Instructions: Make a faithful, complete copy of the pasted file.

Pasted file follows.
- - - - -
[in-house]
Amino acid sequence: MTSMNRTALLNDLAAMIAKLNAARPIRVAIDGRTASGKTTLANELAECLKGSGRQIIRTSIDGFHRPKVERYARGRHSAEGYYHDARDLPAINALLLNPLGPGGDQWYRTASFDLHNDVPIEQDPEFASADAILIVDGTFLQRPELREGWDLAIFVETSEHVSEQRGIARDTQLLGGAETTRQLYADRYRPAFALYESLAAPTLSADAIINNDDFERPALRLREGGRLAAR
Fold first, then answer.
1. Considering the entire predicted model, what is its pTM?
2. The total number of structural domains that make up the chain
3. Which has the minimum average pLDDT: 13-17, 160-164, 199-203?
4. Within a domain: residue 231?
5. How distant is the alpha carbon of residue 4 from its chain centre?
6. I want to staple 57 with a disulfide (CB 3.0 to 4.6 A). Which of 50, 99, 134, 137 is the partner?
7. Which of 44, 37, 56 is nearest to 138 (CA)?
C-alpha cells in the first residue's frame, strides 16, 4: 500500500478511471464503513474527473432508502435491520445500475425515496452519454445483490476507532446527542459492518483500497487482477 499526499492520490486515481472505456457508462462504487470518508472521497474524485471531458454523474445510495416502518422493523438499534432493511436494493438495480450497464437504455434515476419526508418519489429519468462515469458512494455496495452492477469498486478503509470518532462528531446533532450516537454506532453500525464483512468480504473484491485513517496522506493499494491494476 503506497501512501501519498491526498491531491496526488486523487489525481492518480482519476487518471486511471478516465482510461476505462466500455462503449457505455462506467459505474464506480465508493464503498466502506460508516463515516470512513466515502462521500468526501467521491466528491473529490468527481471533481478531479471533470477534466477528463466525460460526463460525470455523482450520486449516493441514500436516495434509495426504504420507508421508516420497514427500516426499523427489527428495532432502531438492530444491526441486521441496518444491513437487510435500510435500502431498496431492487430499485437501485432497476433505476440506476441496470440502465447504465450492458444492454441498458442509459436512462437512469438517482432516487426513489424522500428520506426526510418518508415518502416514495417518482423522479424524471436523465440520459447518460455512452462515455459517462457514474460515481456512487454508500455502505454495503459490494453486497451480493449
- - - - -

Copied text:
[in-house]
Amino acid sequence: MTSMNRTALLNDLAAMIAKLNAARPIRVAIDGRTASGKTTLANELAECLKGSGRQIIRTSIDGFHRPKVERYARGRHSAEGYYHDARDLPAINALLLNPLGPGGDQWYRTASFDLHNDVPIEQDPEFASADAILIVDGTFLQRPELREGWDLAIFVETSEHVSEQRGIARDTQLLGGAETTRQLYADRYRPAFALYESLAAPTLSADAIINNDDFERPALRLREGGRLAAR
Fold first, then answer.
1. Considering the entire predicted model, what is its pTM?
2. The total number of structural domains that make up the chain
3. Which has the minimum average pLDDT: 13-17, 160-164, 199-203?
4. Within a domain: residue 231?
5. How distant is the alpha carbon of residue 4 from its chain centre?
6. I want to staple 57 with a disulfide (CB 3.0 to 4.6 A). Which of 50, 99, 134, 137 is the partner?
7. Which of 44, 37, 56 is nearest to 138 (CA)?
C-alpha cells in the first residue's frame, strides 16, 4: 500500500478511471464503513474527473432508502435491520445500475425515496452519454445483490476507532446527542459492518483500497487482477 499526499492520490486515481472505456457508462462504487470518508472521497474524485471531458454523474445510495416502518422493523438499534432493511436494493438495480450497464437504455434515476419526508418519489429519468462515469458512494455496495452492477469498486478503509470518532462528531446533532450516537454506532453500525464483512468480504473484491485513517496522506493499494491494476 503506497501512501501519498491526498491531491496526488486523487489525481492518480482519476487518471486511471478516465482510461476505462466500455462503449457505455462506467459505474464506480465508493464503498466502506460508516463515516470512513466515502462521500468526501467521491466528491473529490468527481471533481478531479471533470477534466477528463466525460460526463460525470455523482450520486449516493441514500436516495434509495426504504420507508421508516420497514427500516426499523427489527428495532432502531438492530444491526441486521441496518444491513437487510435500510435500502431498496431492487430499485437501485432497476433505476440506476441496470440502465447504465450492458444492454441498458442509459436512462437512469438517482432516487426513489424522500428520506426526510418518508415518502416514495417518482423522479424524471436523465440520459447518460455512452462515455459517462457514474460515481456512487454508500455502505454495503459490494453486497451480493449